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BIOL 125: Ecology, Evolution, and Diversity: Assignment

Library Assignment

Guidelines for Paper 1: Ethnobotanist-Scientist Feature


Key dates: 1) Today, 11 Feb: Meet in library to work through ideas for paper, learn search strategies

                  2) Thurs lab;  17 Feb: Present a brief, 5-6 min talk (3-4 slides, or 6 min maximum; 5 pts)

                  3) Mon 22 Feb: Final Feature paper uploaded to Hand-in section by midnight; 15 pts)

Topic:  A short “feature” paper highlighting the accomplishments and significance of work being done either by an ethnobotanist or scientist. The person you choose to feature in your paper should be actively contributing to our understanding of forests or other ecosystems in ways that affect their use by indigenous or local populations who depend on them for sustenance or as a cultural resource. Thus your paper will profile an important emerging or currently recognized scientist-ethnobotanist.  Such features are important tools for educating other scientists and the public about the links between what people do and how it affects our understanding of the natural world and the effect of our actions on a sustainable future. Your feature should distill and organize what you learn about this person from the primary and secondary literature and the internet (as appropriate) into a synthetic document.


Process: I expect you to gather sources and develop ideas for your own unique perspective on this paper. It is also valuable to discuss ideas and question one another, as it may help you refine or improve your particular perspective on this paper. Your feature paper, however, is to be prepared and written individually and should include some sources that you alone located as well as, if relevant, the occasional paper that you may have learned about from me or others. Also, you should read every single paper (or website) that you cite in its entirety as it relates to your final topic. Thus each paper will be unique, fueled by your own ideas and curiosity, and infused with the perspectives gained from reading and discussion. In short, I expect awesome papers and that what you write will be in your own words. Writing is a great learning experience, and creating your own language will help you understand complex concepts.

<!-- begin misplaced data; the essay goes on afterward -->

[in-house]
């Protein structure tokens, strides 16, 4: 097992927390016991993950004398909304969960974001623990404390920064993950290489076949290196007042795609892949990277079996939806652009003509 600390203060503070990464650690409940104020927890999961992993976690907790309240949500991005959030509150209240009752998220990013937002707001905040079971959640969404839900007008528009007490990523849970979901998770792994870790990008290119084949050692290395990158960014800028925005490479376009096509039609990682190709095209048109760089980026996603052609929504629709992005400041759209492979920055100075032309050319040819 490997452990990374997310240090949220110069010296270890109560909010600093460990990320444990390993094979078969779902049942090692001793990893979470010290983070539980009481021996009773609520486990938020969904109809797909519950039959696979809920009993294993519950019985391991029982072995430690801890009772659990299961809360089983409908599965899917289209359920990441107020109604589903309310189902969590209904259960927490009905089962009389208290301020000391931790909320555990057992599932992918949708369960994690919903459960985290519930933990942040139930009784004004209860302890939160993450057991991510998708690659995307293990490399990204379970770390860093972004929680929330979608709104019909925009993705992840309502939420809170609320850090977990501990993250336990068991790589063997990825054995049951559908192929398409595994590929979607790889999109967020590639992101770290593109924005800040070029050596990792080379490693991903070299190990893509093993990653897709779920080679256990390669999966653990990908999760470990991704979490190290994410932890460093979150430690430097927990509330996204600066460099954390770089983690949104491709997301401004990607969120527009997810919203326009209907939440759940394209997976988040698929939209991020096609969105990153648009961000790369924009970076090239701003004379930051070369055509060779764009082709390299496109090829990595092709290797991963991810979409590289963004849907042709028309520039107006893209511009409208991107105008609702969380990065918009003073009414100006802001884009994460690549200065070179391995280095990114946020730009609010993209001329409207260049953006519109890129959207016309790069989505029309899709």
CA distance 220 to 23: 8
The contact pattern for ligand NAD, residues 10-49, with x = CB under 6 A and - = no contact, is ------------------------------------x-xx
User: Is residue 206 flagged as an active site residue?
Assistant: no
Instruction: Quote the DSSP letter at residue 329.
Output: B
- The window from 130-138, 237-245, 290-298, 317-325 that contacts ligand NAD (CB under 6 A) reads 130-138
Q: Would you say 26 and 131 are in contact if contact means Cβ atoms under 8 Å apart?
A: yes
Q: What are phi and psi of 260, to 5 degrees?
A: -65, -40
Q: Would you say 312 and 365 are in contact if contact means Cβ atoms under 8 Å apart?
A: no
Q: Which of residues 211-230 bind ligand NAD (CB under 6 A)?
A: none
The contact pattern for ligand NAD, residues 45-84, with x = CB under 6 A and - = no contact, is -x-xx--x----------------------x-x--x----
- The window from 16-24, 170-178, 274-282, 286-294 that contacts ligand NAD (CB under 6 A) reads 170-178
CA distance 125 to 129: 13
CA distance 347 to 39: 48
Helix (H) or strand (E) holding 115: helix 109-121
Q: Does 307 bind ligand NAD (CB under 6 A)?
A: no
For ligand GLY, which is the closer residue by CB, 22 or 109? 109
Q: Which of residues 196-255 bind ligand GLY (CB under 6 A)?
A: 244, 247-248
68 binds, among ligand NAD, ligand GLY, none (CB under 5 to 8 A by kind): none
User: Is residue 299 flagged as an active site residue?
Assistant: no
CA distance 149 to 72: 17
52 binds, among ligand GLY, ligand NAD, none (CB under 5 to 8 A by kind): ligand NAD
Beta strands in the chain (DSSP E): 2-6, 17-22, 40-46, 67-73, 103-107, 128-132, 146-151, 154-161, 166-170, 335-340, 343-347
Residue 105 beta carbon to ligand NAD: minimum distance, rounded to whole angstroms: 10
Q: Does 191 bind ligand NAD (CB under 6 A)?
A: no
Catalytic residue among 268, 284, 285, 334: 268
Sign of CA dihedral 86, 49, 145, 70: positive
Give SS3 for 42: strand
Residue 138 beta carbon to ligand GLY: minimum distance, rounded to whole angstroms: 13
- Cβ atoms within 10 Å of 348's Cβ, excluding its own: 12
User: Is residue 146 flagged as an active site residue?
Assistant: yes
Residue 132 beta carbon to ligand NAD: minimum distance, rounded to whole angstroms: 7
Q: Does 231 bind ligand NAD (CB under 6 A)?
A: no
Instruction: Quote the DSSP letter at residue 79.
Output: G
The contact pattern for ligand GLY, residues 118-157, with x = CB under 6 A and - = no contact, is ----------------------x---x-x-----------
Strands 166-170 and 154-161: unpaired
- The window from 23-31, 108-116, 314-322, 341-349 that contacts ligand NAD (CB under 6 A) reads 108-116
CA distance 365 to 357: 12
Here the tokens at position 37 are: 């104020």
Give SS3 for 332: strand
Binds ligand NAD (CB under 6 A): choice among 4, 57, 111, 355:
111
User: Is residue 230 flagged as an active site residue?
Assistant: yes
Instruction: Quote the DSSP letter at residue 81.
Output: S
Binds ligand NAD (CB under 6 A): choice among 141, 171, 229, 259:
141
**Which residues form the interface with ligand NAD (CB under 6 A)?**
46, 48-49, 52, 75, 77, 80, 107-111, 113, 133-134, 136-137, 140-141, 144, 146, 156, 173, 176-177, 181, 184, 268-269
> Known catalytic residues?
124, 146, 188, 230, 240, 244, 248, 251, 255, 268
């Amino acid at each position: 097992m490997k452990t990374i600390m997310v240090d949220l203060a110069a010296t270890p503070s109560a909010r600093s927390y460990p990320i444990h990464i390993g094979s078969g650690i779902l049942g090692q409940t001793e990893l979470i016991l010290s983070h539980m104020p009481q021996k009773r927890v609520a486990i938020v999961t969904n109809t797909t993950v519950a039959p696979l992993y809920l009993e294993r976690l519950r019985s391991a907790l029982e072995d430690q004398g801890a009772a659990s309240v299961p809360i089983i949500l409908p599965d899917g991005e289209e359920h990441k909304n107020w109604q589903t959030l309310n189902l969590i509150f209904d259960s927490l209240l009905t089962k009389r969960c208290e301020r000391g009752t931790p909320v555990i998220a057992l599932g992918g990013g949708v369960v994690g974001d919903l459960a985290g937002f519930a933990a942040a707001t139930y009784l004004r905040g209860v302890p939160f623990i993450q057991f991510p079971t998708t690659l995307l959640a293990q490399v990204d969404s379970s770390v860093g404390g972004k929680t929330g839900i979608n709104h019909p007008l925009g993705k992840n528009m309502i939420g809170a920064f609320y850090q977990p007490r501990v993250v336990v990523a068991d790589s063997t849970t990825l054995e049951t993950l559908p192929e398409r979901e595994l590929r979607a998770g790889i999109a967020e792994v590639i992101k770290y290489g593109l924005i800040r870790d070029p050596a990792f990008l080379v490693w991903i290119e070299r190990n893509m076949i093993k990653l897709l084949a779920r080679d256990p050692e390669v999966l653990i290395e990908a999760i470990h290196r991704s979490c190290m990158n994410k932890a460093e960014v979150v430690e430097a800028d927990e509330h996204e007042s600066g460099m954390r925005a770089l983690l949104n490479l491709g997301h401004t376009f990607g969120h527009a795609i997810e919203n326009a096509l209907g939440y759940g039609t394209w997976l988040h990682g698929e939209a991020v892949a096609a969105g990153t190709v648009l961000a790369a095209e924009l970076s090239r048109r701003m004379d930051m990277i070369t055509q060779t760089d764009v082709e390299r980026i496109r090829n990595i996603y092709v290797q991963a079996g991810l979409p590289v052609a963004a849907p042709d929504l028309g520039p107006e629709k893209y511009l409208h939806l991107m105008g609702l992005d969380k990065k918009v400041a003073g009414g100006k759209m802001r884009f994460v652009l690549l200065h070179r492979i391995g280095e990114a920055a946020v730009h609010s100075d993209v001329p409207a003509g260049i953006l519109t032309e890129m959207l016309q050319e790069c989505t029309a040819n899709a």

Below are some detailed guidelines for the paper. Good luck and enjoy…

Organization:  The sections below should be evident in your paper. You may want to create subheadings if helpful as in the Johnson paper we read earlier this semester. Include a title at the top of the page.  The introduction is by default the first section and need not be titled as such.


Introduction: This introductory synopsis will vary somewhat in style but should draw the reader’s attention to the most important contributions of this person or give the reader a sense of what to expect in the full feature. In any case, it should reflect a clear message that can: 1) be thesis driven, 2) pose a question (or series of related questions) for examination, or 3) be organized around particular objectives of interest. In all cases, it must be compelling enough that it “invites” the audience to continue reading your feature. (Important Note: Your synopsis may differ in style but should include the date range over which the person lived, and in text literature citations, even if absent in these examples)